Youths riot in Paris station

Nine people were arrested after officers and police dogs charged at groups of marauding youths, some of them wearing hoods, who mingled with commuters and travellers at the Gare du Nord – one of Paris' most important transport hubs.

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Youths threw rubbish cans and other objects at officers and set fire to an information booth inside the station.

Transport officials said the violence started with an altercation during a ticket check, but youths disputed that account.

One woman was evacuated by paramedics for tear gas intoxication.

Groups of dazed tourists and commuters negotiated overturned garbage cans and downed potted plants, dragging their bags over the glass-strewn floors.

Youths broke windows of a sports-goods store, reaching through the shattered glass to grab boxes of shoes. Passers-by also joined in the looting.

Into the late evening, groups of officers were still periodically charging youths who took flight in stairwells and other parts of the station. Paris police said officers made nine arrests.

The violence did not appear directly related to France's presidential election in under four weeks, but highlighted the social and economic tensions that the country's new leader will inherit when he or she takes power in May.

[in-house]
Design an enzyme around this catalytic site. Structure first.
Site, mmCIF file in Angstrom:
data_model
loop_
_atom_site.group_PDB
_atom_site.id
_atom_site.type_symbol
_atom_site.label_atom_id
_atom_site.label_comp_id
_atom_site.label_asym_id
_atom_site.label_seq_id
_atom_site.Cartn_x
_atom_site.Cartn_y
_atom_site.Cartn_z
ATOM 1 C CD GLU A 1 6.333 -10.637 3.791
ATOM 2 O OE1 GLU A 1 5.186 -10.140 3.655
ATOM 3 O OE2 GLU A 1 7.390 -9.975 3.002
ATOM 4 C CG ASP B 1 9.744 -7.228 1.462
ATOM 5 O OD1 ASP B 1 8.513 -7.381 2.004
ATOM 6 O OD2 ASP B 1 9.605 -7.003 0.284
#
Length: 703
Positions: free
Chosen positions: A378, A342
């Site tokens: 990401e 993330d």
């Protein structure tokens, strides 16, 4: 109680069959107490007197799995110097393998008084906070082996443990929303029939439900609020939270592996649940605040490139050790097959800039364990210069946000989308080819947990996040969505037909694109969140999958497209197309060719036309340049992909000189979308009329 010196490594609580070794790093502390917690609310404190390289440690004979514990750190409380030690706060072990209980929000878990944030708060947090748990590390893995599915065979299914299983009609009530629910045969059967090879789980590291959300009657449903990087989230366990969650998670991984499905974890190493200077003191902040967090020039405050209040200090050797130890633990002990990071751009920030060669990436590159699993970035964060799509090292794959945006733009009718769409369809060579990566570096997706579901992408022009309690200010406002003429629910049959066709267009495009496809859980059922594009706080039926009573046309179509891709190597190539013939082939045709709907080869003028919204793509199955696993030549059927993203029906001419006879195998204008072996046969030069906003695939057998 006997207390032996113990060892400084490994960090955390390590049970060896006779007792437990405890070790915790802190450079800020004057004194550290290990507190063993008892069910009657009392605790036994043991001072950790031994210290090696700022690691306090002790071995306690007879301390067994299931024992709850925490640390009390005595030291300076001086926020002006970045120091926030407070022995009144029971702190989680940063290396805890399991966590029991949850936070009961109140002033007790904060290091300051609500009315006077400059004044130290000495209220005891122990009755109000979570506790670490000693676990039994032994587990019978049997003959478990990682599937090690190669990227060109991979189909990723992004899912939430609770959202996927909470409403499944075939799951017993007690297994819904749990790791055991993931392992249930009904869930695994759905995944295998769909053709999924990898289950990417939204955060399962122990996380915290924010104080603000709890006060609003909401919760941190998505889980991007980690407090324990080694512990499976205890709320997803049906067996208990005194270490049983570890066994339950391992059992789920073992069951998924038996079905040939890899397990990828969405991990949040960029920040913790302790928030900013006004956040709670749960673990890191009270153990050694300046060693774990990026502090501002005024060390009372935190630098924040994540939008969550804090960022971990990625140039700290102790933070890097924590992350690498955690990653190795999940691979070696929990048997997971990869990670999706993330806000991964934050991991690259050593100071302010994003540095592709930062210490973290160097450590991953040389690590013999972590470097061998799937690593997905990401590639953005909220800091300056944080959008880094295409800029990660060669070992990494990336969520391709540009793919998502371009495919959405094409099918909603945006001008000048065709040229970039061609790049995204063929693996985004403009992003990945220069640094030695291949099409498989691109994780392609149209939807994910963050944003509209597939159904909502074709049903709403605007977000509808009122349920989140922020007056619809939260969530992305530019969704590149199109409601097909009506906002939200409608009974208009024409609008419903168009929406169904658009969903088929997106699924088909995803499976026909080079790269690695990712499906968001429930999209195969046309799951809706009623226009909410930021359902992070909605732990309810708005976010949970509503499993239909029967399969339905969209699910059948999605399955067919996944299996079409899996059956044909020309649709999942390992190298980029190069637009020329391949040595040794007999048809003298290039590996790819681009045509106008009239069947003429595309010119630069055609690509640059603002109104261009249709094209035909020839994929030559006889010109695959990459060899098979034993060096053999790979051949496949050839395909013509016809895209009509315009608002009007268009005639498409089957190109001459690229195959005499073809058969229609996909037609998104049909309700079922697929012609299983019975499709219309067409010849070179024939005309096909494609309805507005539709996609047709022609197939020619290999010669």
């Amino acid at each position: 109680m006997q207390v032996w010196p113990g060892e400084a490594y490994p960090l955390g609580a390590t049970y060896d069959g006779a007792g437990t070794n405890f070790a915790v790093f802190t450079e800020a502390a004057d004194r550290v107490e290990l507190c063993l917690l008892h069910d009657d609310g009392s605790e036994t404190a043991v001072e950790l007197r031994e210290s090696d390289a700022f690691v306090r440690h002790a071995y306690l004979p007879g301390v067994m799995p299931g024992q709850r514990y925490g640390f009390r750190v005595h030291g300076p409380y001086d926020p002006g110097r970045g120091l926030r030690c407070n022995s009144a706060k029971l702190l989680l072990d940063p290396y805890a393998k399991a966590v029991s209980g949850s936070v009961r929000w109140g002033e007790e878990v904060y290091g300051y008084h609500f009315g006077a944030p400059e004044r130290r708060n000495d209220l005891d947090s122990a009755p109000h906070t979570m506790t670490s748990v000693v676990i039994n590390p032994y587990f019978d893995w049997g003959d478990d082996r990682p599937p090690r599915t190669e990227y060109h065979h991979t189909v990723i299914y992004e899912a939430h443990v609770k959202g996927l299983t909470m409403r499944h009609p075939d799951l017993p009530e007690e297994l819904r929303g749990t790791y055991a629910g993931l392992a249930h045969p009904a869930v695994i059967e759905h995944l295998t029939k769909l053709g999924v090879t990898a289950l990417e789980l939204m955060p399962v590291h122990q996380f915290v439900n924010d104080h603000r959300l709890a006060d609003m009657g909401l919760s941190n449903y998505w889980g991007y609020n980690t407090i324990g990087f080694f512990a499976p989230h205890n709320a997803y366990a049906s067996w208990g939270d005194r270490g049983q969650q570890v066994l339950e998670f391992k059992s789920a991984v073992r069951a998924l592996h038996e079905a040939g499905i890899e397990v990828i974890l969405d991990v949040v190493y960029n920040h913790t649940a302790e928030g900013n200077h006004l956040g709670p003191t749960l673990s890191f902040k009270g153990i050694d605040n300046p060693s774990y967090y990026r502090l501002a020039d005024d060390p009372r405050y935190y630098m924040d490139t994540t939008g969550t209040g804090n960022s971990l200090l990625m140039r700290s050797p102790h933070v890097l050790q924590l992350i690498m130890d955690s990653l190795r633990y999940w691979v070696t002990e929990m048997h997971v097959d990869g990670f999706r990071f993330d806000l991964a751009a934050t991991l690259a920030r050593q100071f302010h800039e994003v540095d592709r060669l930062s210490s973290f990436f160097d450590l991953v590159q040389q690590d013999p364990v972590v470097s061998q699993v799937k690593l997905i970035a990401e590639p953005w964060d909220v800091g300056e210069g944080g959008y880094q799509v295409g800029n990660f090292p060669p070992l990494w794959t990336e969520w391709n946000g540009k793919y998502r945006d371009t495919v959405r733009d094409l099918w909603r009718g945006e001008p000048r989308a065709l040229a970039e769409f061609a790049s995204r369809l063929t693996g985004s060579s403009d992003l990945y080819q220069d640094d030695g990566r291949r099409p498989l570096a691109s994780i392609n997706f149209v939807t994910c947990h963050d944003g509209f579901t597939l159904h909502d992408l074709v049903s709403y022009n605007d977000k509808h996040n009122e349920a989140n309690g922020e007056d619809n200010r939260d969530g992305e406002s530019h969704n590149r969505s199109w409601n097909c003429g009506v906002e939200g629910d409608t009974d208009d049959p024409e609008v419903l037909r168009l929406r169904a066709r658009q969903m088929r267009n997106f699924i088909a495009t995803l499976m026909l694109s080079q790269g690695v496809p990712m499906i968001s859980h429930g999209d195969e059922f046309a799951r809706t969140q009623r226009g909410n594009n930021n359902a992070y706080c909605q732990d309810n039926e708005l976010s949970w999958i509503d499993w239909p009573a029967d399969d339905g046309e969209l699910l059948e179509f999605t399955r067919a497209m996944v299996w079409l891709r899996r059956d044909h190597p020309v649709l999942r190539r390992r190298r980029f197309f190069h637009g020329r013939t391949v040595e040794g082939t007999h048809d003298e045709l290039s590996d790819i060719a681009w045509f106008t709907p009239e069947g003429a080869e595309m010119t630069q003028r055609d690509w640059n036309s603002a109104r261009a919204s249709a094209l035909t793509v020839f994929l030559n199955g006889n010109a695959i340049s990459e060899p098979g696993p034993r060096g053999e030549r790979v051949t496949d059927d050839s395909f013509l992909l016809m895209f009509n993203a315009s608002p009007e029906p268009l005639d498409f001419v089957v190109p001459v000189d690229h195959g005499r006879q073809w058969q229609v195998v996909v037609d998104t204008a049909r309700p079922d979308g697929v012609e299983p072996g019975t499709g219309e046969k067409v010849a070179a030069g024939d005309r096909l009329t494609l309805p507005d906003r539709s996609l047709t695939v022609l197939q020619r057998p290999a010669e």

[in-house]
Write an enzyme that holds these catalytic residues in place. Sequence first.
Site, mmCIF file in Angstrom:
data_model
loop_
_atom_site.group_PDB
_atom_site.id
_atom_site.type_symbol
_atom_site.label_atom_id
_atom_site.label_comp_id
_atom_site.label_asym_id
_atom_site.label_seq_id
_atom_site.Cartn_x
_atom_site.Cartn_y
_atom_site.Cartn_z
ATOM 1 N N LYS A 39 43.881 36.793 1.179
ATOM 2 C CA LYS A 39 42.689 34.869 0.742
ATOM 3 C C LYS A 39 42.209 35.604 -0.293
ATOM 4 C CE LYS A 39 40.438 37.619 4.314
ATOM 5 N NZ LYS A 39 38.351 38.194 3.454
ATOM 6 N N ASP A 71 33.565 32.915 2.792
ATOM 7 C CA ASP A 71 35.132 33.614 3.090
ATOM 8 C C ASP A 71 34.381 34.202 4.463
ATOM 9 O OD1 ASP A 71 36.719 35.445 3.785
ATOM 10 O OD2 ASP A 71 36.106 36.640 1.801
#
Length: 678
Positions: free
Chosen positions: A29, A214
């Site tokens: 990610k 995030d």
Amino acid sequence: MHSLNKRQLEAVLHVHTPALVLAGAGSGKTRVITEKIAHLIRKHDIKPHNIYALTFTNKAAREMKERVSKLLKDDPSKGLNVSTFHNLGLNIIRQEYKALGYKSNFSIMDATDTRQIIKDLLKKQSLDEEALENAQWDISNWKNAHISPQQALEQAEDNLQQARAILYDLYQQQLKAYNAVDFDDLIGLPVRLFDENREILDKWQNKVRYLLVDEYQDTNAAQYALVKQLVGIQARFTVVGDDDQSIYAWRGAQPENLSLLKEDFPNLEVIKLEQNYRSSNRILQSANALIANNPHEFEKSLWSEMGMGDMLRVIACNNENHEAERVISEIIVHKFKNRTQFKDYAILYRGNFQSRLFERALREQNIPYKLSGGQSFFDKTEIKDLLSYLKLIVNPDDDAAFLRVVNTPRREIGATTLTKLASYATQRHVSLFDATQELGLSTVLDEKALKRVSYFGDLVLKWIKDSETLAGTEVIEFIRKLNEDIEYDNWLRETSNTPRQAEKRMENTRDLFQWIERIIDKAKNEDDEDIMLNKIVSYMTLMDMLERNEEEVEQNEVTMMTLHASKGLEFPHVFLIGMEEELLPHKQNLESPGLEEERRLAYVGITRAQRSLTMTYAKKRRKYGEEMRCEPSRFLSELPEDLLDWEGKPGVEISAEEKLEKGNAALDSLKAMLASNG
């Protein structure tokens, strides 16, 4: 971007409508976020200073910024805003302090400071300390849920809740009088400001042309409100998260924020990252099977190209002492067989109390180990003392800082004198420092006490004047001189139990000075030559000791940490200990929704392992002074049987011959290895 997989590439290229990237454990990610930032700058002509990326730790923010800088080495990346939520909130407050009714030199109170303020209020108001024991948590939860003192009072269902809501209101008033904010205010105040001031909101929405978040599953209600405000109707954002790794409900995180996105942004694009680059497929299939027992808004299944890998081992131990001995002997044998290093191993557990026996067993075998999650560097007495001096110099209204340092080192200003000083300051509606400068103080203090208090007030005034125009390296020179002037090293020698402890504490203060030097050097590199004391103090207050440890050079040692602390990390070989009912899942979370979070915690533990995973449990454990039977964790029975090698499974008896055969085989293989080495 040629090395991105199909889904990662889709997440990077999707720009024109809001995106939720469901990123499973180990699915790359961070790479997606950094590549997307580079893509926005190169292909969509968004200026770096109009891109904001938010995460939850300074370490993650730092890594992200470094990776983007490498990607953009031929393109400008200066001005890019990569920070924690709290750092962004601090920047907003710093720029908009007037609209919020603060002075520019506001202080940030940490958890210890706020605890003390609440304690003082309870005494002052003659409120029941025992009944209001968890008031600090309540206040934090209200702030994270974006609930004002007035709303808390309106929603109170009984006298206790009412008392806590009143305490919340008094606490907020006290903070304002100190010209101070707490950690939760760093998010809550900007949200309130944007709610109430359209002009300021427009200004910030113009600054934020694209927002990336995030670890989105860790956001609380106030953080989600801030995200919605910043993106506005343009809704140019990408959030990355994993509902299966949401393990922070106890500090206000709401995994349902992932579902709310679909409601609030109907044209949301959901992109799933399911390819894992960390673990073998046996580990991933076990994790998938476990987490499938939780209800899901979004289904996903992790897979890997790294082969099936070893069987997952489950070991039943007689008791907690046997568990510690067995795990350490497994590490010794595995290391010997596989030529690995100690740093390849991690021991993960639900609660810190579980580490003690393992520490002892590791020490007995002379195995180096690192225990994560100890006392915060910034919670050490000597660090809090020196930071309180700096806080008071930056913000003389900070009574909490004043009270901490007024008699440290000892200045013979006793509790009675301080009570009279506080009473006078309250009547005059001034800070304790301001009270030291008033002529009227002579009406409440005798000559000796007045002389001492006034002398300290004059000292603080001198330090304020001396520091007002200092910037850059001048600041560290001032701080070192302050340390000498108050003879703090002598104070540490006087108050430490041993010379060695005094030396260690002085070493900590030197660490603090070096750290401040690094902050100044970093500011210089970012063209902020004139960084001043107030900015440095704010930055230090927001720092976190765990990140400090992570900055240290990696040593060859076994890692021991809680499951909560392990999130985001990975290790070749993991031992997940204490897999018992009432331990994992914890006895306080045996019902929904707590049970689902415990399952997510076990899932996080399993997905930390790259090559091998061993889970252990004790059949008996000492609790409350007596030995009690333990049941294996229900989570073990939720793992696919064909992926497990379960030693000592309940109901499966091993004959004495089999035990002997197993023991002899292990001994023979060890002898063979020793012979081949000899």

Lines from Gare du Nord serve the same suburbs north of Paris where rioting erupted in 2005. That violence was born of pent-up anger – especially among youths of immigrant origin – over years of high unemployment and racial inequalities. Those issues have both figured in the presidential campaign.

A Paris city hall official said about 100 people were involved in the violence late Tuesday evening. Hundreds of others milled around the station, watching the pandemonium.

Some youths swung metal bars. They attacked automatic drink dispensers, smashed windows and lights. Some rubbish cans were set on fire.

The clashes forced the closure of subway and commuter lines at the station for several hours. Its long-distance rail hub and terminal for Eurostar trains that go to Britain remained open.

The melee started after a man without a Metro ticket punched two inspectors during a routine ticket check, according to officials from Paris' RATP public transport authority. Youths attacked the inspectors and later turned on police officers patrolling the station, officials said.

"The inspectors were hit with projectiles, as were the officers who came to assist them," said Luc Poignant, an official for the Force Ouvriere police union.

Police said the ticket-less man was in custody.

But youths at the station said the incident started when police manhandled a youth of North African origin. Some claimed that the youth's arm was broken in the confrontation.

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